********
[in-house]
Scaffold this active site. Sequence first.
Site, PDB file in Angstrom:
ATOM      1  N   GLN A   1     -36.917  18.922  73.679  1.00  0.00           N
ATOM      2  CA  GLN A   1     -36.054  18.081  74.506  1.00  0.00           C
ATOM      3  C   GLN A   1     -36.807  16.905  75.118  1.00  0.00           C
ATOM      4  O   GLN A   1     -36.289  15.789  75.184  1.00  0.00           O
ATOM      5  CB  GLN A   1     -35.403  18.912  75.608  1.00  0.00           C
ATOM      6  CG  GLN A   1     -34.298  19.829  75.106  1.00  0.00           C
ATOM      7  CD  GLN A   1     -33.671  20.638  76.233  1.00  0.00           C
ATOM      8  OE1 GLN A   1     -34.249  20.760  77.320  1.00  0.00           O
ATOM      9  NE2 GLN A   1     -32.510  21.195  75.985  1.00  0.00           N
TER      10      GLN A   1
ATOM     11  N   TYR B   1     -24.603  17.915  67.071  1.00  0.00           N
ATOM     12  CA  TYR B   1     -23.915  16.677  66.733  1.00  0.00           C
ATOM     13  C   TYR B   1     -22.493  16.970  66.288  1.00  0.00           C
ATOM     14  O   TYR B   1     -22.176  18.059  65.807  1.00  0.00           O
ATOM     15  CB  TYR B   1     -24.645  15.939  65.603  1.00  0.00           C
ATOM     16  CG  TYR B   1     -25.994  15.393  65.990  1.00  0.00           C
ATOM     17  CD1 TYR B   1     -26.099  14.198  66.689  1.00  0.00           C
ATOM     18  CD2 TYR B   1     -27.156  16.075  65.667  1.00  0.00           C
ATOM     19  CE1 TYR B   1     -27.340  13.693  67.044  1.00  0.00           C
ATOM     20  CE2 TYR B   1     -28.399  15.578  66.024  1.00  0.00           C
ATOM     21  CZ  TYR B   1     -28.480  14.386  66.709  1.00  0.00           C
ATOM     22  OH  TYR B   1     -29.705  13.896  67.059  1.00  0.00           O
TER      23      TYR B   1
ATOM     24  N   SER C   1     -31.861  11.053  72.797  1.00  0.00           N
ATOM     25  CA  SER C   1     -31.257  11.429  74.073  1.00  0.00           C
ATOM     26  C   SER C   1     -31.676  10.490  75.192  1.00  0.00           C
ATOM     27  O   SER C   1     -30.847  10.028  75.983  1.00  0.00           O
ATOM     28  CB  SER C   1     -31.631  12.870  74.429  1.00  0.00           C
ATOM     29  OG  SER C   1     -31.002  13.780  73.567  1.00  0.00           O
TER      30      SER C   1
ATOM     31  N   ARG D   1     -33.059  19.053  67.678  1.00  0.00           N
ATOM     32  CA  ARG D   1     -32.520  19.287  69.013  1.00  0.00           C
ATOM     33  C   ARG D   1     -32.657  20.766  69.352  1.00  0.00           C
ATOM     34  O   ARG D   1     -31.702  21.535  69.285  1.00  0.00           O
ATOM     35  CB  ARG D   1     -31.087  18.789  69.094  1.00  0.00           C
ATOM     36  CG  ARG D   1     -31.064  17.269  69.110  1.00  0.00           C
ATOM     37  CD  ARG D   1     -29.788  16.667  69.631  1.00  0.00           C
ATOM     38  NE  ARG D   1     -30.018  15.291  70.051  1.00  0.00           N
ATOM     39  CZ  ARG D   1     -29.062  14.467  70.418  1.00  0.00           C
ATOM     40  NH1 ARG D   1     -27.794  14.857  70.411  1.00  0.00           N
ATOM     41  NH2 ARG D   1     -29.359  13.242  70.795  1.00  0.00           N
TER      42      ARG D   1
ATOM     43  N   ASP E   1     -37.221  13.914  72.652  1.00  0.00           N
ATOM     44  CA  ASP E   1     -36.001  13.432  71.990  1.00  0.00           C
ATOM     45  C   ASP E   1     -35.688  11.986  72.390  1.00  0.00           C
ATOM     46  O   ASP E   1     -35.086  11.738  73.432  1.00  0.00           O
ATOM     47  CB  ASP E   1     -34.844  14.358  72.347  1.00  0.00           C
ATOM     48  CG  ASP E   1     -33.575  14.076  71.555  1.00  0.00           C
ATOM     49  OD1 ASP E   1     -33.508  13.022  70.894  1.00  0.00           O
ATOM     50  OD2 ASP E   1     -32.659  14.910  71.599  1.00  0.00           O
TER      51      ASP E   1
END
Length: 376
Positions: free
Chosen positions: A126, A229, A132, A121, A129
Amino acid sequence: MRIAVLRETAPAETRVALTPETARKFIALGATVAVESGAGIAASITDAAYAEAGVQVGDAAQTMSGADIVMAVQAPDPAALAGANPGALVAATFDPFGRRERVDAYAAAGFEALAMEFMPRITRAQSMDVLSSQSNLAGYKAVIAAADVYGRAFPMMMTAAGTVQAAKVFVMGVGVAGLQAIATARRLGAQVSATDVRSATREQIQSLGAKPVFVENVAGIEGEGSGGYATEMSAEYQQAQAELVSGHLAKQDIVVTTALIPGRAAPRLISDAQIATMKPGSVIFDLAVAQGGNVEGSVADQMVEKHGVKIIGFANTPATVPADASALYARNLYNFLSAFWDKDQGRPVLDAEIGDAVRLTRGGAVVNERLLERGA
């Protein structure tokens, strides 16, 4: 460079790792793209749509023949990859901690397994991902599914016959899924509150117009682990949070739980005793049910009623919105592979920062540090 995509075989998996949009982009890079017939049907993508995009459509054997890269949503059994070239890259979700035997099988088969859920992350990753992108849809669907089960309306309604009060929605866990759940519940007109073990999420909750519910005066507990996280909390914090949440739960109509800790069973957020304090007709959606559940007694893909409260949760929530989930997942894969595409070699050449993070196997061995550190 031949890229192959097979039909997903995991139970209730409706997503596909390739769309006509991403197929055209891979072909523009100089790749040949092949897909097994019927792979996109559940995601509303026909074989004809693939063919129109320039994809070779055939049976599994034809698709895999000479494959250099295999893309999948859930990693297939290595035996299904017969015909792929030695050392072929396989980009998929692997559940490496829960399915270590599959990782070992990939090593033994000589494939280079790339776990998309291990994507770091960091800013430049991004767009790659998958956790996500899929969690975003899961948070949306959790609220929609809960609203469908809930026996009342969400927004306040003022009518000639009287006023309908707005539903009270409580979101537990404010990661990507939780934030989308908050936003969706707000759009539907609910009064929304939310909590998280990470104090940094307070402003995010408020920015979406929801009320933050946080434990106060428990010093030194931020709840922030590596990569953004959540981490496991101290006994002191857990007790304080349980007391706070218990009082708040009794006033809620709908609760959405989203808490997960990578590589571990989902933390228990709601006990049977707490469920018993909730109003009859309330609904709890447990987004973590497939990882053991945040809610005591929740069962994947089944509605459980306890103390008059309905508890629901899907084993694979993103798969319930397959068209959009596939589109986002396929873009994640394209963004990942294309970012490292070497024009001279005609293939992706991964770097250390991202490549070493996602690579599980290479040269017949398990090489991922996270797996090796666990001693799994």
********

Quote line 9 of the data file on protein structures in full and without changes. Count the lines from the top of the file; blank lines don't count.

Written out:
ATOM      6  CG  GLN A   1     -34.298  19.829  75.106  1.00  0.00           C